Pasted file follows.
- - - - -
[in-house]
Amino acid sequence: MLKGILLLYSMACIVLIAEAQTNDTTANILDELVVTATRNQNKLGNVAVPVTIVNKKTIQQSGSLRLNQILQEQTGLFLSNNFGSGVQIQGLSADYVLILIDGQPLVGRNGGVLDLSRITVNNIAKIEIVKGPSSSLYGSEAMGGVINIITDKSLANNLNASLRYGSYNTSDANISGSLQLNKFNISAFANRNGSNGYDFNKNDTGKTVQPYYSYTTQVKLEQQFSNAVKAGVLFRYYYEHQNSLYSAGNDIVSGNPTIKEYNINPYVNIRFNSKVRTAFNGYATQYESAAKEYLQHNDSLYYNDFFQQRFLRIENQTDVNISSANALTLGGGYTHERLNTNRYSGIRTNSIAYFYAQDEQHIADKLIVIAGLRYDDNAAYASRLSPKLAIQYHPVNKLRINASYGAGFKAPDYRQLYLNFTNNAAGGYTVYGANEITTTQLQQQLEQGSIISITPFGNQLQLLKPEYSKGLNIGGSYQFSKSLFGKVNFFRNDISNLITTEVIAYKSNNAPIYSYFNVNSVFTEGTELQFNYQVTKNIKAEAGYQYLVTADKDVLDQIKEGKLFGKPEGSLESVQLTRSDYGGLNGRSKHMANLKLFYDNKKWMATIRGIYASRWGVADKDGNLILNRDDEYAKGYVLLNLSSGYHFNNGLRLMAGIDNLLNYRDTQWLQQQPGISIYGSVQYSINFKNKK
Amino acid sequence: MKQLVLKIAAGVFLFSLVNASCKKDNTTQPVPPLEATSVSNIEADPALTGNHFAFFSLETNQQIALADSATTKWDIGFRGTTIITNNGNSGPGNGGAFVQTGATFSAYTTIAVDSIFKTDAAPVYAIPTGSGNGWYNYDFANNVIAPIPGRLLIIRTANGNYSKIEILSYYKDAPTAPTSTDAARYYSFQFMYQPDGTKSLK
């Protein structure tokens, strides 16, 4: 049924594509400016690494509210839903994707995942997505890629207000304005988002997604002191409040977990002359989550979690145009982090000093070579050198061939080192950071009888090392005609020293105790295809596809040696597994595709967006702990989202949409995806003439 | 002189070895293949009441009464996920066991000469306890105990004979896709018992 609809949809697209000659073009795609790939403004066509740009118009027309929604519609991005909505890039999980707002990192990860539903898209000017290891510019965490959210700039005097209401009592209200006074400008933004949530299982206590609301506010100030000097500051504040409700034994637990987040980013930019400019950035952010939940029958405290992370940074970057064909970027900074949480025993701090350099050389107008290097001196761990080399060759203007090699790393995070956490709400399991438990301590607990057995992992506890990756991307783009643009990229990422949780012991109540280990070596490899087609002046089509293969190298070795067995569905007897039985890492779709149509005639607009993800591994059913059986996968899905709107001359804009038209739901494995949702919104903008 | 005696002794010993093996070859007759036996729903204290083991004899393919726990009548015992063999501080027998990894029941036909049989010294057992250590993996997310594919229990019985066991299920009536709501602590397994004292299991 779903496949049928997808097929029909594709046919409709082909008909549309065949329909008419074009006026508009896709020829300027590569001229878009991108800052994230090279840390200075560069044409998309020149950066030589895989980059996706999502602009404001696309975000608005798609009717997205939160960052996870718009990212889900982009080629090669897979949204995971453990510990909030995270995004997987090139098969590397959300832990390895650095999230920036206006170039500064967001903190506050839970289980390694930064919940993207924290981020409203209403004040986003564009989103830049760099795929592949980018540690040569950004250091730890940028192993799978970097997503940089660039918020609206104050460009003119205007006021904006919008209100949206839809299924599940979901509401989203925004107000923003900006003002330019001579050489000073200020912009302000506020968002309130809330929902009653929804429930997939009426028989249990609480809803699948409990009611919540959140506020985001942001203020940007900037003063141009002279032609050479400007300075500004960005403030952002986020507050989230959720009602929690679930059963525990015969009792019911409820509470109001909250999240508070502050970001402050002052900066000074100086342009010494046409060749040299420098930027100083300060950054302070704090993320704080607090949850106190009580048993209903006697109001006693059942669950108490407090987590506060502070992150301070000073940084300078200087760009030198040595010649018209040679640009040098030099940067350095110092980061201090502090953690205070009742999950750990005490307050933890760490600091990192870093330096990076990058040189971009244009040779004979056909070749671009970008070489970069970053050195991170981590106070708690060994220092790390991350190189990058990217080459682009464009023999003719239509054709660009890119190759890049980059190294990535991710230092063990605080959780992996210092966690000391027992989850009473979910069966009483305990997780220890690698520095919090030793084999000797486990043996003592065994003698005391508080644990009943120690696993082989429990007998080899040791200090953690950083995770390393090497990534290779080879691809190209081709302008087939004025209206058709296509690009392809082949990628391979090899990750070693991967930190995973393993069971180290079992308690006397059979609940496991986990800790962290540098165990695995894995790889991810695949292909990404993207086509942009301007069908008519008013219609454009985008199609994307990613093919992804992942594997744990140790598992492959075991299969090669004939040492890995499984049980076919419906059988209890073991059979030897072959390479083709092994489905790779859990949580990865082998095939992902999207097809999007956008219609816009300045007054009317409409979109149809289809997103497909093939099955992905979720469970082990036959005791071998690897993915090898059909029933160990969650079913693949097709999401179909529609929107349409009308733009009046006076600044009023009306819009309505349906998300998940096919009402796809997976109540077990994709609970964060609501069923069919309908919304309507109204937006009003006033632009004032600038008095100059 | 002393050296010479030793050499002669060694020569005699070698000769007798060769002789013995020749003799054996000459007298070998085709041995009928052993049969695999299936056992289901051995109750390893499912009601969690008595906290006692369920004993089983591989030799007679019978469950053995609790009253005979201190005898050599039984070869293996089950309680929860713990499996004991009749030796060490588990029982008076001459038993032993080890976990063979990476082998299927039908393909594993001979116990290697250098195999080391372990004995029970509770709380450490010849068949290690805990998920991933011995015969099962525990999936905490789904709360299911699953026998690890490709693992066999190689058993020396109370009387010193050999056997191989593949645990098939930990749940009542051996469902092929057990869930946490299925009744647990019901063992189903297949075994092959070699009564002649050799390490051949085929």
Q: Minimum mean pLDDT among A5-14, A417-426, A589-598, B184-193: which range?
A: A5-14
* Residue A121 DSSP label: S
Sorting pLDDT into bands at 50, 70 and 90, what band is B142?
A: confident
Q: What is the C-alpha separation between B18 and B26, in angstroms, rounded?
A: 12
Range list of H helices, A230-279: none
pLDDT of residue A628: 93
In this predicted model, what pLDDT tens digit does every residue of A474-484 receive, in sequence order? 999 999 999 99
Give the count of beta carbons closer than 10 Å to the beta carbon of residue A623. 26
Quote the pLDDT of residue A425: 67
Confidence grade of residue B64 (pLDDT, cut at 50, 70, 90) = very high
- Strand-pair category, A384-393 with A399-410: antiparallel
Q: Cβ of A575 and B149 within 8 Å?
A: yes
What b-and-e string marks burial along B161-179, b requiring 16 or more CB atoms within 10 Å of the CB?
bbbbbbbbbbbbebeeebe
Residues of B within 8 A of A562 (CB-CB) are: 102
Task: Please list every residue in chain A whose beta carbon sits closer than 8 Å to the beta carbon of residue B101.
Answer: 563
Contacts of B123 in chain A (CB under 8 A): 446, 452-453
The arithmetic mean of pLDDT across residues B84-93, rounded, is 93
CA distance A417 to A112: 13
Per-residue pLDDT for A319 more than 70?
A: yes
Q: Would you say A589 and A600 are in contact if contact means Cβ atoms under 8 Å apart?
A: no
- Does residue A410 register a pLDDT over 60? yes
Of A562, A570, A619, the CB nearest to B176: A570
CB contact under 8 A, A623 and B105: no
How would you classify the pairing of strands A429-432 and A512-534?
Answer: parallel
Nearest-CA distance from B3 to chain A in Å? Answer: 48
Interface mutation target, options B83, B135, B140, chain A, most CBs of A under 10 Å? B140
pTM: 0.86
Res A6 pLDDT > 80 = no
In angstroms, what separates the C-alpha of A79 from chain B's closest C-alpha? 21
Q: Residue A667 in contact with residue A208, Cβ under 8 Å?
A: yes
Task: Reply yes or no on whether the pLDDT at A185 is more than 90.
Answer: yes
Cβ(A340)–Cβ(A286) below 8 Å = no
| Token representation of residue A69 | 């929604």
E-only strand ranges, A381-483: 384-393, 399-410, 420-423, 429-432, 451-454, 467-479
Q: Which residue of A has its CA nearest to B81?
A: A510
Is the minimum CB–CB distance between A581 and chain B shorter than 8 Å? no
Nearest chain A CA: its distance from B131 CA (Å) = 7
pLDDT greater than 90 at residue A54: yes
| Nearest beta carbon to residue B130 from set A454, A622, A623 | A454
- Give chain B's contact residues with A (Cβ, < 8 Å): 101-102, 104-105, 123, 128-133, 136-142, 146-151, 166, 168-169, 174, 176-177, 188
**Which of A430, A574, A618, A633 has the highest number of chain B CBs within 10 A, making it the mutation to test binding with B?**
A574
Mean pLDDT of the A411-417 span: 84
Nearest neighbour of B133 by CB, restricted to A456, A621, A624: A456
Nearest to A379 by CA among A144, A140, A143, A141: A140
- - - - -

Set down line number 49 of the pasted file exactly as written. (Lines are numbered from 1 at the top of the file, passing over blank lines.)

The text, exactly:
E-only strand ranges, A381-483: 384-393, 399-410, 420-423, 429-432, 451-454, 467-479